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Quantum Theory of Scattering

Quantum Theory of Scattering

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Quantum Theory of Scattering

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Jan 15, 2014
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9780486320694
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This volume addresses the broad formal aspects and applications of the quantum theory of scattering in atomic and nuclear collisions. An encyclopedic source of pioneering work, it serves as a text for students and a reference for professionals in the fields of chemistry, physics, and astrophysics. The self-contained treatment begins with the general theory of scattering of a particle by a central field. Subsequent chapters explore particle scattering by a non-central field, collisions between composite particles, the time-dependent theory of scattering, and nuclear reactions. An examination of dispersion relations concludes the text. Numerous graphs, tables, and footnotes illuminate each chapter, in addition to helpful appendixes and bibliographies.
Pubblicato:
Jan 15, 2014
ISBN:
9780486320694
Formato:
Libro

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Quantum Theory of Scattering - Ta-you Wu

Quantum Theory of Scattering

Ta-You Wu

Takashi Ohmura

Bibliographical Note

iThis Dover edition, first published in 2011, is an unabridged republication of the work originally published in 1962 by Prentice-Hall, Inc., Englewood Cliffs, New Jersey. An Errata List has been added to this edition.

Library of Congress Cataloging-in-Publication Data

Wu, Ta-you.

Quantum theory of scattering/Ta-you Wu, Takashi Ohmura. — Dover ed.

p. cm.

Originally published: Englewood Cliffs, N.J.: Prentice-Hall, 1962.

Summar: This volume addresses aspects and applications of the quantum theory of scattering in atomic and nuclear collisions. An encyclopedic source of pioneering work, it serves as a self-contained text and reference for students and professionals in the fields of chemistry, physics, and astrophysics. Numerous graphs, tables, footnotes, appendices, and bibliographies. 1962 edition — Provided by publisher.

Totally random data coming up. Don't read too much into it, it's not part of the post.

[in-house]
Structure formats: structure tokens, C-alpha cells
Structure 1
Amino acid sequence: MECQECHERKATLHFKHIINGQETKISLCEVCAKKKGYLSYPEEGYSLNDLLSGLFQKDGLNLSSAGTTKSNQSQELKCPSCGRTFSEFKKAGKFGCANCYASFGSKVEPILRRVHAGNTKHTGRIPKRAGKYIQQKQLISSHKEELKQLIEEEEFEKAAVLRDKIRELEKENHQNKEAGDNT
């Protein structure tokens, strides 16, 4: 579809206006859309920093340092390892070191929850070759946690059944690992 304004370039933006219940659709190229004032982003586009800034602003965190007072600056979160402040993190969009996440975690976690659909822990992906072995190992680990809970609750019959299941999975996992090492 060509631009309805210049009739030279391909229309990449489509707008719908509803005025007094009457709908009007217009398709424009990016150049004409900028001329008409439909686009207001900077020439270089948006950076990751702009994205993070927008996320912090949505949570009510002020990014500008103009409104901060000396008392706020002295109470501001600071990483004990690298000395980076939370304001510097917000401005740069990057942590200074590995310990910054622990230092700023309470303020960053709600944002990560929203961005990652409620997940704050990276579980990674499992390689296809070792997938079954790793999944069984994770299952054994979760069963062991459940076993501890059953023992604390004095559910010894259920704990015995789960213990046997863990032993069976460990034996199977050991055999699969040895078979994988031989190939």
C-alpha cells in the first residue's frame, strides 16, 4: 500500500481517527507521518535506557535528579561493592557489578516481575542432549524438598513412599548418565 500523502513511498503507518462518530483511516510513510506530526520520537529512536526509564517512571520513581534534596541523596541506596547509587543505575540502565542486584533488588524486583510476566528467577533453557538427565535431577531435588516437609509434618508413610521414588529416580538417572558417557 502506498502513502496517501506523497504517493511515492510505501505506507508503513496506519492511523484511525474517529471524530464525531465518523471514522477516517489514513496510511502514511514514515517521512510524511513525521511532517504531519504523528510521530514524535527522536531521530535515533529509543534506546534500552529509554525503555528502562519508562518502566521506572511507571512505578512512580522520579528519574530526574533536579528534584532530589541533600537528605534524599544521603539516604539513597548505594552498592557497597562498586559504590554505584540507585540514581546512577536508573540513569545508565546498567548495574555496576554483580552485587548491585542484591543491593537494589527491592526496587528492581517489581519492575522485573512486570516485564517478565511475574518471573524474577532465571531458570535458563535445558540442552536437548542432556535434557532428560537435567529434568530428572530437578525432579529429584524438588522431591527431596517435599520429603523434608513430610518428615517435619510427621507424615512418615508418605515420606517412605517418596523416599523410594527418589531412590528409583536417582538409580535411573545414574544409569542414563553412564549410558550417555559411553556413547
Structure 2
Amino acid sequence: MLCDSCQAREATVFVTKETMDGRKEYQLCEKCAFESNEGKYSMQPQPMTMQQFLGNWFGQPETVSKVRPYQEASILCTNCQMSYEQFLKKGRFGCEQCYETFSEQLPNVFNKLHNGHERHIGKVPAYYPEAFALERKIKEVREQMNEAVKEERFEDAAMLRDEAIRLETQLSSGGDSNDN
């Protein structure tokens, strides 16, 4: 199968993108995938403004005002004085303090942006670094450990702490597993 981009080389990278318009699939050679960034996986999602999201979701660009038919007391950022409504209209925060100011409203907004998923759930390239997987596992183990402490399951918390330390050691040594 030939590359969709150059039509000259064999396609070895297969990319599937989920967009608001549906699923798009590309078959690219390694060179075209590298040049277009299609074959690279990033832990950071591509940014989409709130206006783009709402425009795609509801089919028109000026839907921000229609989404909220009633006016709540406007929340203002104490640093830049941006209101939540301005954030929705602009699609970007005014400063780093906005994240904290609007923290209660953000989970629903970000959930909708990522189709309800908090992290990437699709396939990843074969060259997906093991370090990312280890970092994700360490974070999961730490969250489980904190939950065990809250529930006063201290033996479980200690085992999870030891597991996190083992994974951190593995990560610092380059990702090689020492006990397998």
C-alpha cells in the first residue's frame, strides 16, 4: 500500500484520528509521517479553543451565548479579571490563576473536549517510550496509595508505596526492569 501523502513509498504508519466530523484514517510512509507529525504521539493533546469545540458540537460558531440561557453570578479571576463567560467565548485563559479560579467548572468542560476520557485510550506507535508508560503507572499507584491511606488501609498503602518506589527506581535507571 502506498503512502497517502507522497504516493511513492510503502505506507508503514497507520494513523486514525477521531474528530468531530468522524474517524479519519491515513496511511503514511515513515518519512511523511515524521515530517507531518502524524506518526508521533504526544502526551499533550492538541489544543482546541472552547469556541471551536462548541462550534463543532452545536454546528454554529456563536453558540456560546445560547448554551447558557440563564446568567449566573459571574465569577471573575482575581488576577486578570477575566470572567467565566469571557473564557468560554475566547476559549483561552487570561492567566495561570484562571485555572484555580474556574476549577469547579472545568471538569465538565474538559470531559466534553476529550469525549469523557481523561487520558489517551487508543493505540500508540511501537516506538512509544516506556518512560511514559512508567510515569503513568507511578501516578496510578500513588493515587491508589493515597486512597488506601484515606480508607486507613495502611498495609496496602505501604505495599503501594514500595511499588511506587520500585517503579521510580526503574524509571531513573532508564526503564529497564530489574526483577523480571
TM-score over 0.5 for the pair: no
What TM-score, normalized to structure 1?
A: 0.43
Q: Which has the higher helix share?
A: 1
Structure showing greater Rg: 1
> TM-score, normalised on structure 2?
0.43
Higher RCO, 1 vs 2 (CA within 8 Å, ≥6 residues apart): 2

Includes bibliographical references and index.

ISBN-13: 978-0-486-48089-3 (pbk.)

ISBN-10: 0-486-48089-5 (pbk.)

1. Quantum scattering. I. Ohmura, Taskashi. II. II. Title.

QC794.6.S3W79 2011

530.12—dc22

2010052832

Manufactured in the United States by Courier Corporation

48089501

www.doverpublications.com

Dedicated to our teachers and friends:

Professor Emeritus Harrison M. Randall, University of Michigan

Professor Yu-Tai Yao, University of Peking

Professor Takahiko Yamanouchi, University of Tokyo

Preface

The study of collision processes has been a very important field of physics. A knowledge of the properties of atomic and molecular collisions is of basic importance in many fields, such as the properties of gases, the theory of chemical reactions and collision processes in astrophysics. In the case of the atomic nuclei, most of our present knowledge about nuclear interactions has come from the study of nuclear collision processes. During the last ten years or so, there have been considerable developments in the theory of scattering, both in its general and formal aspects and in its applications. There have appeared recently a number of excellent articles, some of a monograph nature, on many aspects of atomic and nuclear collisions. However, a general text introducing to the less initiated the main ideas and methods of the scattering theory seems to be still lacking. The object of the present volume is to provide such a text.